Artificial light. By bringing high powered underwater lighting systems with us, we can return the ‘natural’ colors. This is accomplished because the distance of water between the subject and the lens is short so there is minimal low energy light absorption before the image reaches the camera sensor. It doesn’t take a lot of water to absorb colors, this becomes quite noticeable when you shoot a ‘diagonal’ shot. Back in the editing bay you might get frustrated thinking your fancy video lights have different colors. Well, before you start composing that nastygram to the manufacturer, take a moment to look at your shot. Is the subject matter on one side much further away than the other? How does this end up looking ‘on camera’? I’ll give you a hint, on the closer side the image will have more color, and minimal hue and tint shift. The side where the subject matter is further will have a blue or green shift due to some of the reflected light being absorbed before it reaches the sensor. Take away? For the cleanest image, ‘square up’ to your subject and for diagonal shots consider using a ‘close focus wide angle’ technique so the blue or green in the background feels right to the viewer, and the close and well lit area is the focus of the shot.

Close focus wide angle.

Photo courtesy of Oceans360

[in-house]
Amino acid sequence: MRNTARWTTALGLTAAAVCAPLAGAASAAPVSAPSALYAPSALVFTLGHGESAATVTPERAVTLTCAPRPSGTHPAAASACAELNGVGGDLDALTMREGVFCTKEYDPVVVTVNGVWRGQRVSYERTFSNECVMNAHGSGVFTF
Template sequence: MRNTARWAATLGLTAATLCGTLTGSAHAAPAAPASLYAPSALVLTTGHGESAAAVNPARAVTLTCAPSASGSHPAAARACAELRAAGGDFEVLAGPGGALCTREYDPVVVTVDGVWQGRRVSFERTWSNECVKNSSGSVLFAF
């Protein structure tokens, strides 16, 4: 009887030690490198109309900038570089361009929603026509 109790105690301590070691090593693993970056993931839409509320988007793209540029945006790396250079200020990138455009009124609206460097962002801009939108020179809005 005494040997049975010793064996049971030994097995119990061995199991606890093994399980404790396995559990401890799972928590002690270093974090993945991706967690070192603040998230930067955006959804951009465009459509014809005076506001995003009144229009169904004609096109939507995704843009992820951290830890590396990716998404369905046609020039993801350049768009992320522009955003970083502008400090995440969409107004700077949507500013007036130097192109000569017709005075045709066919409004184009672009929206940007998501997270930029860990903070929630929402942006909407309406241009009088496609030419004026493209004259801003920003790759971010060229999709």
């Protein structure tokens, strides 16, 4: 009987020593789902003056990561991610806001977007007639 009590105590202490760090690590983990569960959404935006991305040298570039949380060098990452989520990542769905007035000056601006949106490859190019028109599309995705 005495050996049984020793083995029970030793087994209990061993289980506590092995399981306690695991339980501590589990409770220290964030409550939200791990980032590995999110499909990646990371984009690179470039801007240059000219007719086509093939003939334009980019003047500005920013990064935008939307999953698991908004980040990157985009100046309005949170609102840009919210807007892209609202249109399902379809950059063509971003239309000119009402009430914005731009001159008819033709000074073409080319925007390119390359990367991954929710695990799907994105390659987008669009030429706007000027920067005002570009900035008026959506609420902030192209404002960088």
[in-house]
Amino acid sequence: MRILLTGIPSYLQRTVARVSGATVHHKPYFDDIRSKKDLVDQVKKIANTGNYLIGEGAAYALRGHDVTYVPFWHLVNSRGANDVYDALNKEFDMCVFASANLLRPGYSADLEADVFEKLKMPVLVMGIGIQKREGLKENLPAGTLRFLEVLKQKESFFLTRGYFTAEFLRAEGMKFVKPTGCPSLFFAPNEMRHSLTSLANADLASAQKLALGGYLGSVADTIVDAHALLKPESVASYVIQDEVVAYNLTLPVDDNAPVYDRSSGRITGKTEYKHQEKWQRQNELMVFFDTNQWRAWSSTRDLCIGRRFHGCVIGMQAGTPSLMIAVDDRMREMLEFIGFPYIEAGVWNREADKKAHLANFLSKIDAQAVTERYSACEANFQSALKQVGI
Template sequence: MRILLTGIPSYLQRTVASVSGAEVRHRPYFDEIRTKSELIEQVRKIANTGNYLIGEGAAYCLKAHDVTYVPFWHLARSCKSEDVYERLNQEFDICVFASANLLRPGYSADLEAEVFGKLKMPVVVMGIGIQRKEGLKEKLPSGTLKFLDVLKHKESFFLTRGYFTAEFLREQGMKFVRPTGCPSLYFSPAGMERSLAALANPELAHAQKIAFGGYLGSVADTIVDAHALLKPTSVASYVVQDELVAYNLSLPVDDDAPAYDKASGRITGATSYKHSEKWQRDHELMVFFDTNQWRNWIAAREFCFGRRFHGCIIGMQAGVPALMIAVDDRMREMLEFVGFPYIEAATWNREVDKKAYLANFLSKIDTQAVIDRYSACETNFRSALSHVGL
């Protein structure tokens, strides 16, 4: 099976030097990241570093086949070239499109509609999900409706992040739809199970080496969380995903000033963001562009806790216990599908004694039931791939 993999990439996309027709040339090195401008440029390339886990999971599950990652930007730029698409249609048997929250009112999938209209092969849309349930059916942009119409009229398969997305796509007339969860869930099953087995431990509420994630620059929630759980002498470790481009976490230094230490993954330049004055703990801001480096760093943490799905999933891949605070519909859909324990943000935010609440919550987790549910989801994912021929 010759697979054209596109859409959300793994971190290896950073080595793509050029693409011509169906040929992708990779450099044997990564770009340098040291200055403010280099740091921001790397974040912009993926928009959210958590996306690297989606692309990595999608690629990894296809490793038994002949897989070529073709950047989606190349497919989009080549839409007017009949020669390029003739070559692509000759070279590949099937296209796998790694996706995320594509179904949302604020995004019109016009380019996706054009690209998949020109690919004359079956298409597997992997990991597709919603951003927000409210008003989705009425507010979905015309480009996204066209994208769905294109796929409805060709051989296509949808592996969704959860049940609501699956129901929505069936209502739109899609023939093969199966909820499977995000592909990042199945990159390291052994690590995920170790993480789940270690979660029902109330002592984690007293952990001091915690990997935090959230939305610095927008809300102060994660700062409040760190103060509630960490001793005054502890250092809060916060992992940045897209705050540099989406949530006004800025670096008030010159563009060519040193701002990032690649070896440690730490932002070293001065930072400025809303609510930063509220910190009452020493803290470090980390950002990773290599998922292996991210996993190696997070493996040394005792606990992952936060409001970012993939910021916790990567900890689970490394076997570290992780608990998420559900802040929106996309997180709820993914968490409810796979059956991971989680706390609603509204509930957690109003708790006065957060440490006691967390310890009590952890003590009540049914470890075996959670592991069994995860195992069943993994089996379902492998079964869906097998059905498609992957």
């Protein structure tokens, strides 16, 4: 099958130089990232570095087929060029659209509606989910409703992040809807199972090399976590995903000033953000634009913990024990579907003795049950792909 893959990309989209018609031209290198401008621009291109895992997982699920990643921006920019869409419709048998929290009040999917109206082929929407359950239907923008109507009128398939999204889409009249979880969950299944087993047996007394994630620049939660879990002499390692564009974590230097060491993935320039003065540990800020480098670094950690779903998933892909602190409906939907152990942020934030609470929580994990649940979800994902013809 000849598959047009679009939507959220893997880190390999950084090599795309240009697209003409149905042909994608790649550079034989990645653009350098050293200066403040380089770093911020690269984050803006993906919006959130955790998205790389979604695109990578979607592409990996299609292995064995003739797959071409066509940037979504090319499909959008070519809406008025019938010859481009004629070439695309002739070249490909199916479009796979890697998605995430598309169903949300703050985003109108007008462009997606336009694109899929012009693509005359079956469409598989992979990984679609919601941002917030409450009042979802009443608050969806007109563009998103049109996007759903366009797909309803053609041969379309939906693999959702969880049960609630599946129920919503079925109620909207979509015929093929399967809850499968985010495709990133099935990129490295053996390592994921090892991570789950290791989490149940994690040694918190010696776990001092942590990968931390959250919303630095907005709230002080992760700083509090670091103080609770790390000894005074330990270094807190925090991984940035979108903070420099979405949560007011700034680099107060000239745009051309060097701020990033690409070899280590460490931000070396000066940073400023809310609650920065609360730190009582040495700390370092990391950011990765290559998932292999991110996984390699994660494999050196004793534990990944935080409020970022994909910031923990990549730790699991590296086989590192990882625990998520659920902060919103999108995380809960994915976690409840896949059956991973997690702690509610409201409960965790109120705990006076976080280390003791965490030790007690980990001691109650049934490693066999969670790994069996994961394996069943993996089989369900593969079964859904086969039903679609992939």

This is one of my favorite methods of underwater capture. I love it because you can show the colors and beauty of the underwater world without loss of the ‘big picture’. I can mess with scale, make a diver seem HUGE or tiny. I can made a nudibranch look as big as a house or a shipwreck into a tiny toy in the background.

Basically stereo180 is a type of close focus wide angle but on steroids.

So far there are not a lot of options for stereo180 underwater, the Sexton K1 Pro housing, and you can jury rig a couple Kodak pixpro’s together as a makeshift unit.

With the influx of consumer and prosumer stereo180 cameras coming out, I

believe we may see some more options soon.

So, back to “why” stereo180.

Beyond the color (or lack thereof) with standard 360 (and yes there are some really clever lighting kits being made by the folks at Boxfish for their array, but still for moderate distance subject matter) there is the issue of proximity to subject matter.